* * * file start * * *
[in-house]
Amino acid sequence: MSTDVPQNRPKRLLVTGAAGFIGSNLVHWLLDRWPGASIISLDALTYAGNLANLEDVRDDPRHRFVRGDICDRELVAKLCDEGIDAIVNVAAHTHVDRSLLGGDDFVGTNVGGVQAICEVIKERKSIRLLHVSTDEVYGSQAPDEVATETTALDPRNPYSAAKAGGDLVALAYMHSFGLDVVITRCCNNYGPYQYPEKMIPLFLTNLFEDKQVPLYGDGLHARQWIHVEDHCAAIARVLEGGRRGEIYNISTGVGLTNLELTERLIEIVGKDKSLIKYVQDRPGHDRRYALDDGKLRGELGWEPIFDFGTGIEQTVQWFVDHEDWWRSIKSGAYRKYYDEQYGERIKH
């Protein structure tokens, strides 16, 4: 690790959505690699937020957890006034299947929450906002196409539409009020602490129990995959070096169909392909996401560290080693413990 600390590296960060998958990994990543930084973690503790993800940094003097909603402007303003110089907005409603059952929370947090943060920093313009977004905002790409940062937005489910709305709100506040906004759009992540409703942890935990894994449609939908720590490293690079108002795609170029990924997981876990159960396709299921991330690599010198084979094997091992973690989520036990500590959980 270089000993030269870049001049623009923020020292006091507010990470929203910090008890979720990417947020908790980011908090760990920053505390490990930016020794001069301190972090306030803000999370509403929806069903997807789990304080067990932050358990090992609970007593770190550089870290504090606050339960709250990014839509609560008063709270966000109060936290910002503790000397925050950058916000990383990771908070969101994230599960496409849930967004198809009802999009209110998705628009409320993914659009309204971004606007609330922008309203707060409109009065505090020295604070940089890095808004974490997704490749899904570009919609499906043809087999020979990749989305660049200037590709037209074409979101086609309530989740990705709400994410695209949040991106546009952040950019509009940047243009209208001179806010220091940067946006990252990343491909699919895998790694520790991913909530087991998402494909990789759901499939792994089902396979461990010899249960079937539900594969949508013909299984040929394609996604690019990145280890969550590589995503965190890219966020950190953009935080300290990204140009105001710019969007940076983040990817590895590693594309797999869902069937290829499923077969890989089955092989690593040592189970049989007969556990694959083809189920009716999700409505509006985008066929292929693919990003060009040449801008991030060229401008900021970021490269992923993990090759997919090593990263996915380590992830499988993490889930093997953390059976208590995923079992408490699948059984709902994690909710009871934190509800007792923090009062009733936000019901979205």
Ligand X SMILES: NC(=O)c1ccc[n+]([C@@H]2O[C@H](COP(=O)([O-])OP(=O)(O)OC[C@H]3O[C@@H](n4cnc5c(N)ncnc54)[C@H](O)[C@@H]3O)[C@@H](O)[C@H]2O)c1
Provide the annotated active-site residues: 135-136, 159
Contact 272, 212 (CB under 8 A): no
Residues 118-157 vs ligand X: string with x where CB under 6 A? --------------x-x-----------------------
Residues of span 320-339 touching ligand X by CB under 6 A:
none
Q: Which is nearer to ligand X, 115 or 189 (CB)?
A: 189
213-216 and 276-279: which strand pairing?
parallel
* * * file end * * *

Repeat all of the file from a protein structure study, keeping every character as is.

[in-house]
Amino acid sequence: MSTDVPQNRPKRLLVTGAAGFIGSNLVHWLLDRWPGASIISLDALTYAGNLANLEDVRDDPRHRFVRGDICDRELVAKLCDEGIDAIVNVAAHTHVDRSLLGGDDFVGTNVGGVQAICEVIKERKSIRLLHVSTDEVYGSQAPDEVATETTALDPRNPYSAAKAGGDLVALAYMHSFGLDVVITRCCNNYGPYQYPEKMIPLFLTNLFEDKQVPLYGDGLHARQWIHVEDHCAAIARVLEGGRRGEIYNISTGVGLTNLELTERLIEIVGKDKSLIKYVQDRPGHDRRYALDDGKLRGELGWEPIFDFGTGIEQTVQWFVDHEDWWRSIKSGAYRKYYDEQYGERIKH
């Protein structure tokens, strides 16, 4: 690790959505690699937020957890006034299947929450906002196409539409009020602490129990995959070096169909392909996401560290080693413990 600390590296960060998958990994990543930084973690503790993800940094003097909603402007303003110089907005409603059952929370947090943060920093313009977004905002790409940062937005489910709305709100506040906004759009992540409703942890935990894994449609939908720590490293690079108002795609170029990924997981876990159960396709299921991330690599010198084979094997091992973690989520036990500590959980 270089000993030269870049001049623009923020020292006091507010990470929203910090008890979720990417947020908790980011908090760990920053505390490990930016020794001069301190972090306030803000999370509403929806069903997807789990304080067990932050358990090992609970007593770190550089870290504090606050339960709250990014839509609560008063709270966000109060936290910002503790000397925050950058916000990383990771908070969101994230599960496409849930967004198809009802999009209110998705628009409320993914659009309204971004606007609330922008309203707060409109009065505090020295604070940089890095808004974490997704490749899904570009919609499906043809087999020979990749989305660049200037590709037209074409979101086609309530989740990705709400994410695209949040991106546009952040950019509009940047243009209208001179806010220091940067946006990252990343491909699919895998790694520790991913909530087991998402494909990789759901499939792994089902396979461990010899249960079937539900594969949508013909299984040929394609996604690019990145280890969550590589995503965190890219966020950190953009935080300290990204140009105001710019969007940076983040990817590895590693594309797999869902069937290829499923077969890989089955092989690593040592189970049989007969556990694959083809189920009716999700409505509006985008066929292929693919990003060009040449801008991030060229401008900021970021490269992923993990090759997919090593990263996915380590992830499988993490889930093997953390059976208590995923079992408490699948059984709902994690909710009871934190509800007792923090009062009733936000019901979205």
Ligand X SMILES: NC(=O)c1ccc[n+]([C@@H]2O[C@H](COP(=O)([O-])OP(=O)(O)OC[C@H]3O[C@@H](n4cnc5c(N)ncnc54)[C@H](O)[C@@H]3O)[C@@H](O)[C@H]2O)c1
Provide the annotated active-site residues: 135-136, 159
Contact 272, 212 (CB under 8 A): no
Residues 118-157 vs ligand X: string with x where CB under 6 A? --------------x-x-----------------------
Residues of span 320-339 touching ligand X by CB under 6 A:
none
Q: Which is nearer to ligand X, 115 or 189 (CB)?
A: 189
213-216 and 276-279: which strand pairing?
parallel